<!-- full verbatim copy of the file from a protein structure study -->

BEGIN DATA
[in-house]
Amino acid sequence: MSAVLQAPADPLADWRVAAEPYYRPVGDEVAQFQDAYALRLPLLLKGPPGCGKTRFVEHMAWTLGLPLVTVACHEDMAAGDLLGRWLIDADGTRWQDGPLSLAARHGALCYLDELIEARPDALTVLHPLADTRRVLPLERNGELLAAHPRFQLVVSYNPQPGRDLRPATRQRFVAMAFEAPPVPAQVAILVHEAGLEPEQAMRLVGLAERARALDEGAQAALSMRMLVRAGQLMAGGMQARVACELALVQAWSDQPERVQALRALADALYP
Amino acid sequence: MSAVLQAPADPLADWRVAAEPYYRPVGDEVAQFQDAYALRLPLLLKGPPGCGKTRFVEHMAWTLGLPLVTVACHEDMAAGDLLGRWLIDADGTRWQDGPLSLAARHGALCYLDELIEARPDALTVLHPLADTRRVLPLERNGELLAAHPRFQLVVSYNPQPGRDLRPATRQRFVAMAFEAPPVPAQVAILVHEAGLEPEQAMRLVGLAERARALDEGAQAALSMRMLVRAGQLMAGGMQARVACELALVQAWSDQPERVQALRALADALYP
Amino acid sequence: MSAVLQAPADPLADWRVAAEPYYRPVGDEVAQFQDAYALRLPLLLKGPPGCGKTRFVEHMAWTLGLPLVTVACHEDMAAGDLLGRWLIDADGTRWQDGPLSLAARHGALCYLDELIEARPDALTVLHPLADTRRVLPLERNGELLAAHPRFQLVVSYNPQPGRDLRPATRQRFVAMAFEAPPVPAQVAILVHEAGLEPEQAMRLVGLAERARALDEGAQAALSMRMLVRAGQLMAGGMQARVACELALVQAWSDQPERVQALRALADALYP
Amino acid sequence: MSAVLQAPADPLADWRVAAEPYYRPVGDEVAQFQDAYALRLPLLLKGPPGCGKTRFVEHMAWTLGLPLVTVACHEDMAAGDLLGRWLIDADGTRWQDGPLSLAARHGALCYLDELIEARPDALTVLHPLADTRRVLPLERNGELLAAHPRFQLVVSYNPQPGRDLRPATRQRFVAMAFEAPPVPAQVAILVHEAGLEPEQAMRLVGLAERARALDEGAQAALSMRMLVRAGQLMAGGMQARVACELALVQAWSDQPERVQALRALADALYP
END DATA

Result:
[in-house]
Amino acid sequence: MSAVLQAPADPLADWRVAAEPYYRPVGDEVAQFQDAYALRLPLLLKGPPGCGKTRFVEHMAWTLGLPLVTVACHEDMAAGDLLGRWLIDADGTRWQDGPLSLAARHGALCYLDELIEARPDALTVLHPLADTRRVLPLERNGELLAAHPRFQLVVSYNPQPGRDLRPATRQRFVAMAFEAPPVPAQVAILVHEAGLEPEQAMRLVGLAERARALDEGAQAALSMRMLVRAGQLMAGGMQARVACELALVQAWSDQPERVQALRALADALYP
Amino acid sequence: MSAVLQAPADPLADWRVAAEPYYRPVGDEVAQFQDAYALRLPLLLKGPPGCGKTRFVEHMAWTLGLPLVTVACHEDMAAGDLLGRWLIDADGTRWQDGPLSLAARHGALCYLDELIEARPDALTVLHPLADTRRVLPLERNGELLAAHPRFQLVVSYNPQPGRDLRPATRQRFVAMAFEAPPVPAQVAILVHEAGLEPEQAMRLVGLAERARALDEGAQAALSMRMLVRAGQLMAGGMQARVACELALVQAWSDQPERVQALRALADALYP
Amino acid sequence: MSAVLQAPADPLADWRVAAEPYYRPVGDEVAQFQDAYALRLPLLLKGPPGCGKTRFVEHMAWTLGLPLVTVACHEDMAAGDLLGRWLIDADGTRWQDGPLSLAARHGALCYLDELIEARPDALTVLHPLADTRRVLPLERNGELLAAHPRFQLVVSYNPQPGRDLRPATRQRFVAMAFEAPPVPAQVAILVHEAGLEPEQAMRLVGLAERARALDEGAQAALSMRMLVRAGQLMAGGMQARVACELALVQAWSDQPERVQALRALADALYP
Amino acid sequence: MSAVLQAPADPLADWRVAAEPYYRPVGDEVAQFQDAYALRLPLLLKGPPGCGKTRFVEHMAWTLGLPLVTVACHEDMAAGDLLGRWLIDADGTRWQDGPLSLAARHGALCYLDELIEARPDALTVLHPLADTRRVLPLERNGELLAAHPRFQLVVSYNPQPGRDLRPATRQRFVAMAFEAPPVPAQVAILVHEAGLEPEQAMRLVGLAERARALDEGAQAALSMRMLVRAGQLMAGGMQARVACELALVQAWSDQPERVQALRALADALYP